of comic books, super-heroes, archetypes, and aikido
Recently Deepak Chopra spoke at the San Diego Comics Convention. He said some things that very deeply resonated with me. He talked about comics being the vehicle to really spread his holistic consciousness work. He referred to Super-heroes and Super-heroines as gods and goddesses. He also talked about Super-heroes as representing the ultimate in human potential. The following is a link to his talk:
And the following is a link to a video of his talk:
All right, I’ve gotten a bad time over the years for the fact that I read comic books. Once or twice a month I go in to Atlantis Fantasy World in Santa Cruz(also celebrating its 30th anniversary) and Joe, its owner, gives me 2 weeks or a month’s worth of comics he has set aside for me. I started reading comics as a kid. Superman. Batman. Wonder Woman. As a young child, I was shy and the world seemed a big and scary place. Clark Kent, Bruce Wayne, and Diana Prince were like friends. Who better to protect a weak and vulnerable child?
As I got into high school, I gave up comics for awhile. Then around 1963 I was pulled in even more strongly by Stan Lee and “The Marvel Age of Comics”. Superheroes now had problems and complexes as well as super powers. Spider-man was my obvious favorite. His emergence in 1963 as a teen-age super-hero coincided with my own teen-age years. He was irreverent, spoke his mind to super-villains and authority figures alike,had a mischievous dark side to his humor, and had a cool outfit that made him look as much like a super-villain as a hero. I also loved Thor, The Fantastic Four, and later Dr. Strange and The Silver Surfer.
Japan, marriage, and fatherhood drew me away from comics for some years. Then in 1989, Michael Keaton “Batman” movie re-connected me. Heroes now lived and operated in a much darker world, often times having to face their own inner demons as well as arch-villains. Upon returning to the shops I found Marvel without Stan Lee in a holding pattern and went to DC, which I thought was the company into plot and characterization. What did it truly mean to be super-human and to have to deal with an uncertain and very complex world?
So since 1989 I’ve been back into comics. I’ve discovered Frank Miller’s gritty “The Dark Knight Returns”. I’ve gone through the death of Superman and his resurrection. I’ve thrilled to “Kingdome Come” and more recently “Secret Identity”. I’ve seen the Superman saga explore new territory in tv’s “Lois and Clark”(one of my favorite all-time shows) and more recently in “Smallville”. And of course there is the burgeoning movie market for super-hero films………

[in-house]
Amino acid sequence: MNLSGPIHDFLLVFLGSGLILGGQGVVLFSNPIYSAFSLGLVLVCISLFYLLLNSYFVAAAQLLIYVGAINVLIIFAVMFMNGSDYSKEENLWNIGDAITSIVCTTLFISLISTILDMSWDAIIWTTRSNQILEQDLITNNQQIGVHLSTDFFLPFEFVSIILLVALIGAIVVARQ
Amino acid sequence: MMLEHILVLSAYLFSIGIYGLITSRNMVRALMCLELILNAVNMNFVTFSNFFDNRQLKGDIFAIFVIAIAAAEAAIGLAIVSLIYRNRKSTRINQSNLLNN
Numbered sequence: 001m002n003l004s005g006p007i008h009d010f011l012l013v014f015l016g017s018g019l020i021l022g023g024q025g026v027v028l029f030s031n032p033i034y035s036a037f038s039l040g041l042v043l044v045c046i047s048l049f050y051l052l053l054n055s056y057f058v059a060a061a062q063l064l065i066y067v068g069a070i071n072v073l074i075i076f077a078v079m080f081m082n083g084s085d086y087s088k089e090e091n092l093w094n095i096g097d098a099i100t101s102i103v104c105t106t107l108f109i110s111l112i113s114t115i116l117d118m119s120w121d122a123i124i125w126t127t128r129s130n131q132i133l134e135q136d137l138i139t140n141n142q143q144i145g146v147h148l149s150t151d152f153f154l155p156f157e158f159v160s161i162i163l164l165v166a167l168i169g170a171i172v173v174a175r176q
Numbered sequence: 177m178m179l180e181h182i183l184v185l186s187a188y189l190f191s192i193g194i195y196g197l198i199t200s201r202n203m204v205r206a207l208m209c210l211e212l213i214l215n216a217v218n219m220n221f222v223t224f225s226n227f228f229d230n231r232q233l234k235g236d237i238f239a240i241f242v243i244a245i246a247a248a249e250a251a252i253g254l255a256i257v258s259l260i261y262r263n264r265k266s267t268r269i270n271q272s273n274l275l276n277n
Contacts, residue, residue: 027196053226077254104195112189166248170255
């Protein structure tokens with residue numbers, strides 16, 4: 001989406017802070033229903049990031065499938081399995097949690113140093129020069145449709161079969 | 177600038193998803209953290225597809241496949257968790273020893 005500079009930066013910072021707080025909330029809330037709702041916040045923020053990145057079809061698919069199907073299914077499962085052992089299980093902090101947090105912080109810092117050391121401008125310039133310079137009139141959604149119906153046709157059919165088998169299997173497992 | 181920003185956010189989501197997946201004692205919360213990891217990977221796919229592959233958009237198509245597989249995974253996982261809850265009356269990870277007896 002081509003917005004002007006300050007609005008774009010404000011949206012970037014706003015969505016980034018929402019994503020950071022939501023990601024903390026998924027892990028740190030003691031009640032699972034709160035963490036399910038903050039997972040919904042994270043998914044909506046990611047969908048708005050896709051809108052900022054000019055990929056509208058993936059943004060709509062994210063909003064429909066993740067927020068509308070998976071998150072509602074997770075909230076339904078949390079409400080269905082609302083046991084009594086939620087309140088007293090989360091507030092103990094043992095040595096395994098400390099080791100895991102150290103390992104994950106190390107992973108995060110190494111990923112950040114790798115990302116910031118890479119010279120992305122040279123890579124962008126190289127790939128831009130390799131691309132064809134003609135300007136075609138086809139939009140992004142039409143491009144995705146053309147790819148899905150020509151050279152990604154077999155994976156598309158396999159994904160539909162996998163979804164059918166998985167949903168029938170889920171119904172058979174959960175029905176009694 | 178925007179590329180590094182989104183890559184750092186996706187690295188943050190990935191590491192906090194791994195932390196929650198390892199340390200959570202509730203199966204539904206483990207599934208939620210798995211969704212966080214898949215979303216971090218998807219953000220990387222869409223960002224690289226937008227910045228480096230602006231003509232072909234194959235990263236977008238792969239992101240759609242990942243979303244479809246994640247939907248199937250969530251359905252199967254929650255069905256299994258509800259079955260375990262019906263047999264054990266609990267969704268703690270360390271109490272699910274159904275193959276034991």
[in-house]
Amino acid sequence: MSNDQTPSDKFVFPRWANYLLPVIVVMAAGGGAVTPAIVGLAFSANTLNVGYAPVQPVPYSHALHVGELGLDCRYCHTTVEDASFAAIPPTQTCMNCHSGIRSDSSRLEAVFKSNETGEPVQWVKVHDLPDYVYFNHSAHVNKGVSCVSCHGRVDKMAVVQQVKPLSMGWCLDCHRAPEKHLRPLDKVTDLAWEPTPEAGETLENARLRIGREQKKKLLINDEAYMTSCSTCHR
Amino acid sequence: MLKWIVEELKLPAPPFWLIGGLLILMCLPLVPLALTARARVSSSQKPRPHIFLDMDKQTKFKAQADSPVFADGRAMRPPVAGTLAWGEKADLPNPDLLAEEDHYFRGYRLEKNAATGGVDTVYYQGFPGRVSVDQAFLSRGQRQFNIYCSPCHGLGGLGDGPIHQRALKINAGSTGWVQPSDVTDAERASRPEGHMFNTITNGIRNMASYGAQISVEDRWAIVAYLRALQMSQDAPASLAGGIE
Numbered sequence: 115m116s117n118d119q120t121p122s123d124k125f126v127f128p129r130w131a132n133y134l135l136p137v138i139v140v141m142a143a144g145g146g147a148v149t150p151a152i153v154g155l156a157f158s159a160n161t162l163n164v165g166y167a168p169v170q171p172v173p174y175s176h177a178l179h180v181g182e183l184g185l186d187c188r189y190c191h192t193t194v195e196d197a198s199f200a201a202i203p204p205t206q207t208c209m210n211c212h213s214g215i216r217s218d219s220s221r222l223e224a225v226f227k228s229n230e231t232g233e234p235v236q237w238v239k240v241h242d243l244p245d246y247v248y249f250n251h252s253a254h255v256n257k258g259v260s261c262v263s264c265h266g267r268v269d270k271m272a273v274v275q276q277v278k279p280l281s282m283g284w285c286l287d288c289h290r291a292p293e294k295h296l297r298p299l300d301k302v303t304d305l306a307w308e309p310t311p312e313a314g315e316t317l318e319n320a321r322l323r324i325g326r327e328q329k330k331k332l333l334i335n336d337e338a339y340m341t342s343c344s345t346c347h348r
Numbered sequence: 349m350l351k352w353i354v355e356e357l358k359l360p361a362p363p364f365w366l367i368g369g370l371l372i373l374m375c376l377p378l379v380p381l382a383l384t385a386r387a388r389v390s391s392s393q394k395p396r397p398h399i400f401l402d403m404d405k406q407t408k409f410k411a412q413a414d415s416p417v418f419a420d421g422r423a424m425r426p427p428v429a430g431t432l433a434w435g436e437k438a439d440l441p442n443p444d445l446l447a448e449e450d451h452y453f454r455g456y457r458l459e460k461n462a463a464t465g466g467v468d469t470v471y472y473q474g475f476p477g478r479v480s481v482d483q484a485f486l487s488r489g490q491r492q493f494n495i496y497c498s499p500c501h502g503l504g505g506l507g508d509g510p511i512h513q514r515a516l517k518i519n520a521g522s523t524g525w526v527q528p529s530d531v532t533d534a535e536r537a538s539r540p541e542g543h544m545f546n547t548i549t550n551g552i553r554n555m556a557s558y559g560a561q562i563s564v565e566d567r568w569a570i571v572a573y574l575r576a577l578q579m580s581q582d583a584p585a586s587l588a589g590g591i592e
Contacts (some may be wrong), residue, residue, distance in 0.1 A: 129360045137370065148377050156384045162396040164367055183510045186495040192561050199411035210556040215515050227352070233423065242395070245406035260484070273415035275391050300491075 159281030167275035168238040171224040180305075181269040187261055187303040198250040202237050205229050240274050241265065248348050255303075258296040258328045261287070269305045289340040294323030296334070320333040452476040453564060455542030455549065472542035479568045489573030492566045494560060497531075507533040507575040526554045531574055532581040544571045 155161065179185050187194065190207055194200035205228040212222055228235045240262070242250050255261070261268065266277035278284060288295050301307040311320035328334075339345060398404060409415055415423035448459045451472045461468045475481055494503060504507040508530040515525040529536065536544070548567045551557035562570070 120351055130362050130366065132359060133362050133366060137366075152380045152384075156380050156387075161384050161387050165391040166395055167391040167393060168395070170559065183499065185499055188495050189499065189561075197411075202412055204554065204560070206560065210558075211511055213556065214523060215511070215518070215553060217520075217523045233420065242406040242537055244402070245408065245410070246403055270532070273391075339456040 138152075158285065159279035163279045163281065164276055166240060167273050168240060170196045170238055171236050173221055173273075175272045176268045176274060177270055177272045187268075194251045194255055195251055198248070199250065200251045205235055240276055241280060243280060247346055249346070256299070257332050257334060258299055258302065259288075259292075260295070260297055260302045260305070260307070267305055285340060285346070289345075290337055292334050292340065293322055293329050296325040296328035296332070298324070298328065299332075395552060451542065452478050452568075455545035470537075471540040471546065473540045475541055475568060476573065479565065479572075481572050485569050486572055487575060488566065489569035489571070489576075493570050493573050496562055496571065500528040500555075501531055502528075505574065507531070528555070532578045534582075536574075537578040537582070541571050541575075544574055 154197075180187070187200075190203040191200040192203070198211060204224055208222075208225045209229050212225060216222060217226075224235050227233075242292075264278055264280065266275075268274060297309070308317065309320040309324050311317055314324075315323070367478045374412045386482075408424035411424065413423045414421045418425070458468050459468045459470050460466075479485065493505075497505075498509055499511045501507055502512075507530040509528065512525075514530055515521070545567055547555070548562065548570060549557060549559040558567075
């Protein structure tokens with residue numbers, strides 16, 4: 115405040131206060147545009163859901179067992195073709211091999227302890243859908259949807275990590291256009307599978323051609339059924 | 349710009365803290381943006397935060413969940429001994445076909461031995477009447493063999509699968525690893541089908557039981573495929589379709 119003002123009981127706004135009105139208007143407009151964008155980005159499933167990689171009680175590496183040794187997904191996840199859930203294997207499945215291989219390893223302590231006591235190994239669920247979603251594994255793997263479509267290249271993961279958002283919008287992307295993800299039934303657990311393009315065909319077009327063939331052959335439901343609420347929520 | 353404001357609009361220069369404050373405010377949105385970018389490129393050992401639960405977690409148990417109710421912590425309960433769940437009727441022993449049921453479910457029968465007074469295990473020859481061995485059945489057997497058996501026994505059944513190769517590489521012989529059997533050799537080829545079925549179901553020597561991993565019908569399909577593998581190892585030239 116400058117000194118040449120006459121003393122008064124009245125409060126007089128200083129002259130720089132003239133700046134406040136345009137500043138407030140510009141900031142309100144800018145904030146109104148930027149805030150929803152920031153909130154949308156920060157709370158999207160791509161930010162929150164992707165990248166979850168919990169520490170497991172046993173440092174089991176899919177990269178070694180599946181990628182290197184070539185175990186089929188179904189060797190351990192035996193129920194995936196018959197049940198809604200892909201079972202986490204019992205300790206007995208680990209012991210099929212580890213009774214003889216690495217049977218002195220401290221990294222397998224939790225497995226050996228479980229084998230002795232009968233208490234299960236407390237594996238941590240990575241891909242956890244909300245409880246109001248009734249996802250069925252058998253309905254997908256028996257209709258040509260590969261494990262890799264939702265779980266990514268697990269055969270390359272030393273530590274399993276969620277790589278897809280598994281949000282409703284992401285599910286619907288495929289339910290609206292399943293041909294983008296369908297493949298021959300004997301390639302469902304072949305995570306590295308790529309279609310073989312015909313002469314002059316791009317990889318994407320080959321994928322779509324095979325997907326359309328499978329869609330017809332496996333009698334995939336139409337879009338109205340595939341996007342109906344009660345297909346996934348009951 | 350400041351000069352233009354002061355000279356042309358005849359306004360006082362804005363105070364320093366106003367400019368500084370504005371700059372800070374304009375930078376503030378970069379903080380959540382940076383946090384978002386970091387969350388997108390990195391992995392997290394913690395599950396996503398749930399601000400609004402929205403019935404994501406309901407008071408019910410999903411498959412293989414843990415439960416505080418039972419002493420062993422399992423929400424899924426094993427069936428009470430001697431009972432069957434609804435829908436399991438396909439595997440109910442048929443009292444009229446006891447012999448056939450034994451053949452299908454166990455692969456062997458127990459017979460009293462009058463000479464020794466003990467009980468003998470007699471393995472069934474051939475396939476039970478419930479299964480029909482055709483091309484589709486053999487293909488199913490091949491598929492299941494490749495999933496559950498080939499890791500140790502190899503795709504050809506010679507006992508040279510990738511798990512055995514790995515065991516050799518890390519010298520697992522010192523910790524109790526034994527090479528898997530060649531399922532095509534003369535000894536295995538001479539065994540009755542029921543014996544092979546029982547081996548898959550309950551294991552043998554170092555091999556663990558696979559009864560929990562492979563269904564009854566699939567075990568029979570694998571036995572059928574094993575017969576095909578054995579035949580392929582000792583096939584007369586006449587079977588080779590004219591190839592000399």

Super- heroes and heroines represent a new mythology. Osensei studied the Kojiki to read the stories about the Japanese kami(gods and goddesses). I wonder if on some level he might have gotten from them what I get from comic books? The gods and goddesses represented by Superman, Batman, Wonder Woman, Spider-man are to me archetypes. Earlier in the year we did a Saturday afternoon workshop exploring these energies, ie archetypes, with aikido movement. Bill Carter, one of the students attending, had this to say about the workshop:
"During our archetype seminar at the dojo I experienced the breaking down of the barrier that is erected by the ego and stepping into another pattern, a different definition of self...perhaps a no-self? The challenge for me is to find the creation point, where I allow myself to make the jump from my expected social roles, and accepted definitions of self, and become something much deeper...connected...present. This is what I focus on with my Aikido practice. I really enjoy the deeper level of your words in class and contantly focus on increasing my awareness in order to better understand the relationship between energy and self. Perhaps on some level energy is the sum of creation and what I think of as myself is just the momentary execution of that sum. For me, the archetype helps me understand some of the patterns by which the cloud of creation affects each moment on a tangible level. Thanks again for the great seminar."
Makes you think, doesn’t it?